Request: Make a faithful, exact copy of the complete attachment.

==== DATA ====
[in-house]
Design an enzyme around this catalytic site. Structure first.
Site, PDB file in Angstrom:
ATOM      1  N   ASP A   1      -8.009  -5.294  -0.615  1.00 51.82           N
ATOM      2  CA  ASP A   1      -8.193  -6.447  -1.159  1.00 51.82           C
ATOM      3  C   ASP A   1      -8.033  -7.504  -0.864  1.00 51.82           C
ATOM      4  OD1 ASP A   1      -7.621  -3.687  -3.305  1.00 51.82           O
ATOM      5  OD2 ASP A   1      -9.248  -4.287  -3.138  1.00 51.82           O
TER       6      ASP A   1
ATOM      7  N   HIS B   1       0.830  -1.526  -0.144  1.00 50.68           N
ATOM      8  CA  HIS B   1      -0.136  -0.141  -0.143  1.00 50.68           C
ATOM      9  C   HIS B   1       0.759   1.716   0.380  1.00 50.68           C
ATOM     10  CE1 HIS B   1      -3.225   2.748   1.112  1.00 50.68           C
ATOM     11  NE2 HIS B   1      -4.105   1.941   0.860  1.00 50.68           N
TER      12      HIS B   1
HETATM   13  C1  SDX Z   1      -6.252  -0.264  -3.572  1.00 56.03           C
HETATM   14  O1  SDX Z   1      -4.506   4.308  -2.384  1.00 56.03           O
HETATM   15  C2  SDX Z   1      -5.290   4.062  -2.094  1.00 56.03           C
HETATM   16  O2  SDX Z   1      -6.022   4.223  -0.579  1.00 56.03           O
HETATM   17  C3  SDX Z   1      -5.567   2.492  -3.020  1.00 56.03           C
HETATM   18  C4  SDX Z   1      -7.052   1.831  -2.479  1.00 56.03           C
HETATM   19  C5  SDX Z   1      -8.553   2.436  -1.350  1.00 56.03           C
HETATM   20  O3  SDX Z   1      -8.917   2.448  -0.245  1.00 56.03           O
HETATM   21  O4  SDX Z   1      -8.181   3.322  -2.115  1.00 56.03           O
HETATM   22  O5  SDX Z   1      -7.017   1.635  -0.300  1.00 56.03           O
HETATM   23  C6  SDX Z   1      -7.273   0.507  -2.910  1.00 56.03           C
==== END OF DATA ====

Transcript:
[in-house]
Design an enzyme around this catalytic site. Structure first.
Site, PDB file in Angstrom:
ATOM      1  N   ASP A   1      -8.009  -5.294  -0.615  1.00 51.82           N
ATOM      2  CA  ASP A   1      -8.193  -6.447  -1.159  1.00 51.82           C
ATOM      3  C   ASP A   1      -8.033  -7.504  -0.864  1.00 51.82           C
ATOM      4  OD1 ASP A   1      -7.621  -3.687  -3.305  1.00 51.82           O
ATOM      5  OD2 ASP A   1      -9.248  -4.287  -3.138  1.00 51.82           O
TER       6      ASP A   1
ATOM      7  N   HIS B   1       0.830  -1.526  -0.144  1.00 50.68           N
ATOM      8  CA  HIS B   1      -0.136  -0.141  -0.143  1.00 50.68           C
ATOM      9  C   HIS B   1       0.759   1.716   0.380  1.00 50.68           C
ATOM     10  CE1 HIS B   1      -3.225   2.748   1.112  1.00 50.68           C
ATOM     11  NE2 HIS B   1      -4.105   1.941   0.860  1.00 50.68           N
TER      12      HIS B   1
HETATM   13  C1  SDX Z   1      -6.252  -0.264  -3.572  1.00 56.03           C
HETATM   14  O1  SDX Z   1      -4.506   4.308  -2.384  1.00 56.03           O
HETATM   15  C2  SDX Z   1      -5.290   4.062  -2.094  1.00 56.03           C
HETATM   16  O2  SDX Z   1      -6.022   4.223  -0.579  1.00 56.03           O
HETATM   17  C3  SDX Z   1      -5.567   2.492  -3.020  1.00 56.03           C
HETATM   18  C4  SDX Z   1      -7.052   1.831  -2.479  1.00 56.03           C
HETATM   19  C5  SDX Z   1      -8.553   2.436  -1.350  1.00 56.03           C
HETATM   20  O3  SDX Z   1      -8.917   2.448  -0.245  1.00 56.03           O
HETATM   21  O4  SDX Z   1      -8.181   3.322  -2.115  1.00 56.03           O
HETATM   22  O5  SDX Z   1      -7.017   1.635  -0.300  1.00 56.03           O
HETATM   23  C6  SDX Z   1      -7.273   0.507  -2.910  1.00 56.03           C